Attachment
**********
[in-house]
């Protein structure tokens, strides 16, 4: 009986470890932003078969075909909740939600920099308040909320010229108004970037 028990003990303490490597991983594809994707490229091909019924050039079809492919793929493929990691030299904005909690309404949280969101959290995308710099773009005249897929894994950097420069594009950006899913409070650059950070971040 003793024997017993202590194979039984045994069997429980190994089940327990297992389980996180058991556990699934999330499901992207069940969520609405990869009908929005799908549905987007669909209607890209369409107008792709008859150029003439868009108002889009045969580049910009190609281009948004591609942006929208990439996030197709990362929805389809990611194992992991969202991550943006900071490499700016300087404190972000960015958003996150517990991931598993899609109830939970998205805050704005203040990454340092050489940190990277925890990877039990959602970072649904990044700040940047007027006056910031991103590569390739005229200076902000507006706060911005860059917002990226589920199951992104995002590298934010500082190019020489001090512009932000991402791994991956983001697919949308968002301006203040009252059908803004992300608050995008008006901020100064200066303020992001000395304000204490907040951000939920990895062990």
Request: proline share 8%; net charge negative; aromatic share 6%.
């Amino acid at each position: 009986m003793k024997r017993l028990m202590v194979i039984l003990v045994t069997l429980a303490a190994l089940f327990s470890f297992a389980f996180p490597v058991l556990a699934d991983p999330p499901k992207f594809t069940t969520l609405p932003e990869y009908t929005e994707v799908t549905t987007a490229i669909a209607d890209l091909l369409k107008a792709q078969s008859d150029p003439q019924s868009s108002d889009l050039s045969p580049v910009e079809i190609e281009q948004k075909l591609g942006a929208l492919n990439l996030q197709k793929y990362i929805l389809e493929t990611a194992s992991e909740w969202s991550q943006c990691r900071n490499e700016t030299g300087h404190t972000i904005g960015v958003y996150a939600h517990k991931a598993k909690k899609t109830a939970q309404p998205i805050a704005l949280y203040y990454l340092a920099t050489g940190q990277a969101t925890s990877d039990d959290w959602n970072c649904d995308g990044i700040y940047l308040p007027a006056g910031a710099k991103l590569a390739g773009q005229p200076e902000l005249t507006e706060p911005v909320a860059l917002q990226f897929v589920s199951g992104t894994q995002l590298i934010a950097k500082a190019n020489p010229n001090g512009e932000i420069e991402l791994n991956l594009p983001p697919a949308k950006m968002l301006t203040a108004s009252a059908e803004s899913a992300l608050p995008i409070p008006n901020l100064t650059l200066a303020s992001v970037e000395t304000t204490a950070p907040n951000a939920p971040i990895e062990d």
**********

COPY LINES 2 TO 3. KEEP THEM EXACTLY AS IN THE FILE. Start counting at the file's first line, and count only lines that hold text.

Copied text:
């Protein structure tokens, strides 16, 4: 009986470890932003078969075909909740939600920099308040909320010229108004970037 028990003990303490490597991983594809994707490229091909019924050039079809492919793929493929990691030299904005909690309404949280969101959290995308710099773009005249897929894994950097420069594009950006899913409070650059950070971040 003793024997017993202590194979039984045994069997429980190994089940327990297992389980996180058991556990699934999330499901992207069940969520609405990869009908929005799908549905987007669909209607890209369409107008792709008859150029003439868009108002889009045969580049910009190609281009948004591609942006929208990439996030197709990362929805389809990611194992992991969202991550943006900071490499700016300087404190972000960015958003996150517990991931598993899609109830939970998205805050704005203040990454340092050489940190990277925890990877039990959602970072649904990044700040940047007027006056910031991103590569390739005229200076902000507006706060911005860059917002990226589920199951992104995002590298934010500082190019020489001090512009932000991402791994991956983001697919949308968002301006203040009252059908803004992300608050995008008006901020100064200066303020992001000395304000204490907040951000939920990895062990």
Request: proline share 8%; net charge negative; aromatic share 6%.